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pH and TDS

This is a discussion on pH and TDS within the General Orchid Culture forums, part of the Orchid Culture category; Great info, thanks, Julie. Looking forward to your mix runoff results too, Gin. question: Is ...

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  1. #11
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    Great info, thanks, Julie. Looking forward to your mix runoff results too, Gin.
    question: Is there a correlation between pH and TDS? I mean, could high pH be indicative of higher TDS, or of some components of TDS such as sodium? I see how dissolved nutrients would affect pH, but would TDS?

    Tmai

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    Hi Tami,

    Without digging around in some chemistry books, I'm going to hazard an answer...

    pH is influenced by the hydrogen ion activity relative to hydroxide ion activity they're oppositely charged. When it's hydrogen ion activity is high, a solution is acidic (low pH). When hydroxide ion activity is high, a solution is basic or alkaloid (high pH).

    I don't think those ions are large enough to be measurable as solids in a TDS reading. Other charged particles (anions and cations), though, are large enough and can influence TDS. But pH can effect when certain chemicals dissolve or precipitate out of a liquid, so there is an effect.

    Whether or not larger charged particles can influence pH, I'm not sure, but I don't think so.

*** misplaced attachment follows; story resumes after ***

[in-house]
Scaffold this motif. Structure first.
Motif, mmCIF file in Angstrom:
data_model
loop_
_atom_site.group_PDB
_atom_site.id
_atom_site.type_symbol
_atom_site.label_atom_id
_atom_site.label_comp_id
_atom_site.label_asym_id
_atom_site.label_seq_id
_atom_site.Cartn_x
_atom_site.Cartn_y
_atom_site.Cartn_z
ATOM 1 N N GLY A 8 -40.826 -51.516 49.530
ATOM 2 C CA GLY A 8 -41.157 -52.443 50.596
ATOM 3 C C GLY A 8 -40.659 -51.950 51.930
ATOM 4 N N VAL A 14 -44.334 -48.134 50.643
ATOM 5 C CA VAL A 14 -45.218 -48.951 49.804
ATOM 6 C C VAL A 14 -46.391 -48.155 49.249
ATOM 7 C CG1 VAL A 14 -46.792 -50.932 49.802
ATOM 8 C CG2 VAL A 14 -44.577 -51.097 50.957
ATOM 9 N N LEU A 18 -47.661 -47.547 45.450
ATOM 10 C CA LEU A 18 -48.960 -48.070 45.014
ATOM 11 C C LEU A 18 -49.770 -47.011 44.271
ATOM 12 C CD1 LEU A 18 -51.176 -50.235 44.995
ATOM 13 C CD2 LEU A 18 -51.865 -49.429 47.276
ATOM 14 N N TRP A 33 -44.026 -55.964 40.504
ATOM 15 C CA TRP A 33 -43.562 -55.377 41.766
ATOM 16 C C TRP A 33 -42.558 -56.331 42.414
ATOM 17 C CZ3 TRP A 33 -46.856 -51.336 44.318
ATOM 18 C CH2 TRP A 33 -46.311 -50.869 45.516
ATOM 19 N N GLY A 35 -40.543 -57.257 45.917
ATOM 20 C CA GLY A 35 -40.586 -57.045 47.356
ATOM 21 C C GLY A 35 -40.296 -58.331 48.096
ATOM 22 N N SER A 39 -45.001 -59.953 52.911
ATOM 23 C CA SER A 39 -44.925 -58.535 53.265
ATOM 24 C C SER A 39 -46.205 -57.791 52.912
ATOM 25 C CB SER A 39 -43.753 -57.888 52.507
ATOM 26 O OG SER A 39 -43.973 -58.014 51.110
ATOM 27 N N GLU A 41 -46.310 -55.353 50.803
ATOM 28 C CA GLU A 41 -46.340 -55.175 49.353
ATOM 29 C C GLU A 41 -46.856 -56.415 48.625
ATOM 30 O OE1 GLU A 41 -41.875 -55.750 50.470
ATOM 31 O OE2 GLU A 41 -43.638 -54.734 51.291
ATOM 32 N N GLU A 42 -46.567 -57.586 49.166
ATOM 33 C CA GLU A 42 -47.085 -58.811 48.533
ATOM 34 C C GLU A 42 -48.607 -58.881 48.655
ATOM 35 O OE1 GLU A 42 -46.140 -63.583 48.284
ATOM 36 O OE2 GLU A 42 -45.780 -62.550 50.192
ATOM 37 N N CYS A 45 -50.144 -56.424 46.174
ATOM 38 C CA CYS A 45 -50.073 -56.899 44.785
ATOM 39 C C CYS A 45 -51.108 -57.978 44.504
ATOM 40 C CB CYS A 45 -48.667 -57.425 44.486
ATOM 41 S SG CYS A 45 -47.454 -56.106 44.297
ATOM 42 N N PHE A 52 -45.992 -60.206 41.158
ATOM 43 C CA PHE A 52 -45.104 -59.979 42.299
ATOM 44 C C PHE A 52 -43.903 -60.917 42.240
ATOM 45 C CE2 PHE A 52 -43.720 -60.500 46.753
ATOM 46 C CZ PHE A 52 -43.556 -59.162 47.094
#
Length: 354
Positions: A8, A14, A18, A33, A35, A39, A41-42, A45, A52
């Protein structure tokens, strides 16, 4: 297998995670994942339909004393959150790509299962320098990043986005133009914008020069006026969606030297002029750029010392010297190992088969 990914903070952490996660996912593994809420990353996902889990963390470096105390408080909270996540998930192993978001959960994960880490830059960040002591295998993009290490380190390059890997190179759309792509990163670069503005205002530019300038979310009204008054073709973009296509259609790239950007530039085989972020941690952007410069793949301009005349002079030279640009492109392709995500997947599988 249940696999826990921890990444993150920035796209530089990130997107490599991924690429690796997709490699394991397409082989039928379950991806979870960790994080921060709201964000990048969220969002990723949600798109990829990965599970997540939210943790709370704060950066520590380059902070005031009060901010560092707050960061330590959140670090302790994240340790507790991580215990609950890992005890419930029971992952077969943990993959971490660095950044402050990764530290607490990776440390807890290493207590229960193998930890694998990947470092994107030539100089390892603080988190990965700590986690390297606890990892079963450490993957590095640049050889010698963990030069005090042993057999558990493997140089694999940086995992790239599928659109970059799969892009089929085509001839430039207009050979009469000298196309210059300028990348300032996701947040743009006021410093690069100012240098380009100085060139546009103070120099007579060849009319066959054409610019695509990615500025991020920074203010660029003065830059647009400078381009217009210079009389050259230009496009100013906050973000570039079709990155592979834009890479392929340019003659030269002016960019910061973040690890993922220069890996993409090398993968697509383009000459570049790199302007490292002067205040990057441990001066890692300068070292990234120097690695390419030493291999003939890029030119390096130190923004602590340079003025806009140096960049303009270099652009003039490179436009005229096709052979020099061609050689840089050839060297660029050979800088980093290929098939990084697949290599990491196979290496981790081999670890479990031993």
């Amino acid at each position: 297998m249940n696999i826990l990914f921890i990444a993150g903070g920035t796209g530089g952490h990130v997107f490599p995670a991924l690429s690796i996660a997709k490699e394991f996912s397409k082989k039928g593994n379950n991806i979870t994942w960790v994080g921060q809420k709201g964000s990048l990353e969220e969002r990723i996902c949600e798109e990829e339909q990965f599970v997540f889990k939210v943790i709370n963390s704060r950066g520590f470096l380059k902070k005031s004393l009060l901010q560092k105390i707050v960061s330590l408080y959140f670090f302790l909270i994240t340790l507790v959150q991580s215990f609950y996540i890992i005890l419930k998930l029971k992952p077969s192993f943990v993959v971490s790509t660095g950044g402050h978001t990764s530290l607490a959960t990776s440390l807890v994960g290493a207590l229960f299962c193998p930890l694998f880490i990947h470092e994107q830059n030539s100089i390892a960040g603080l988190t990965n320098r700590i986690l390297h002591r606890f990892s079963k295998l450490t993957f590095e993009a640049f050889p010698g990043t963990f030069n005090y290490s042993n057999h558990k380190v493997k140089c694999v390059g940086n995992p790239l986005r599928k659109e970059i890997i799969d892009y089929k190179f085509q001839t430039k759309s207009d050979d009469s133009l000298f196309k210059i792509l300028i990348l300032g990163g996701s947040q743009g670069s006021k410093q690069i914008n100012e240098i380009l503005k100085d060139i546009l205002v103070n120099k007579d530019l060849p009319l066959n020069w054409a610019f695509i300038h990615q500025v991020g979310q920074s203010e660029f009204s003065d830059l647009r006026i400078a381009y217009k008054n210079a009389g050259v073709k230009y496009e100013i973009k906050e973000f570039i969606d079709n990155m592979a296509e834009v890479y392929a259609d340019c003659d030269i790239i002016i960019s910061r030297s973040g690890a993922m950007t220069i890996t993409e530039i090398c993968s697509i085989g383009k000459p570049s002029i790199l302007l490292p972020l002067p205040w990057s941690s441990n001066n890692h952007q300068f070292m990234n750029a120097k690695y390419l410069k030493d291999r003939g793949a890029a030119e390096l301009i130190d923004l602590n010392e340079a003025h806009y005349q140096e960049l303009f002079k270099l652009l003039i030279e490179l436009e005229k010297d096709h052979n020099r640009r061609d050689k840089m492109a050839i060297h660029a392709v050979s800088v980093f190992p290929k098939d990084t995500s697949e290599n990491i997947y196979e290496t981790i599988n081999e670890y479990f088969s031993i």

Julie

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    Hi Julie,

    Thanks for yet another great article. Anyway, you didn't say what the best orchid pH should be. Is it between 6.5-7.5????

    To try and answer Tmai's question (though not totally) pure water has an equal amount of Hydrogen ions (the ions that make stuff acidic) and hydroxide ions (the ions that make stuff basic). So, once fertilizers start getting added, like Uncasteeb mentioned, the pH can go wild real easy. It will probably go up or down. It all depends on the pH of your fertilizer. If you are adding a fertilizer with a pH of 8 to pure water, then the overall pH will be 8(I think). And vise versa.
    Hope I helped!

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    Most orchids like to grow in a pH of 5.0-6.0, but each genus and species has its likes based on its natural environment. Many Paphs grow on limestone cliffs, and like their pH at the more basic end of the range.

    Note that potting media also effects pH: bark and sphag are slightly acidic, rock wool is slightly basic, and Perlite is neutral. That's why I add some dolomite lime periodically to some of my Paphs. I grow in sphag (acidic) and these guys want more basic. As in alkaloid...there's nothing basic about pH and fert!

    Julie

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    Ummmmm.... not sure I'm glad I asked. However, how would (or would you?) adjust pH if you were to add fert to pure water? Being that you add fert (going with the weekly/weakly camp) in between plain water flushing, would it even matter?

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    Sorry, Tami! I got sort of focused on the technical answer and not the practical one.

    I know dolomite lime not only raises pH, but it also adds Ca and Mag trace elements, so I use that with some of my limestone cliff Paphs. Some ferts are intentionally acidic, like Miracid. But I don't use them with orchids, so I couldn't guide you.

    I'm only stepping up to measuring pH and TDS myself, which is why I was compiling all the factoids. I'm no pro at it and welcome those more experienced to chime in.

    Julie

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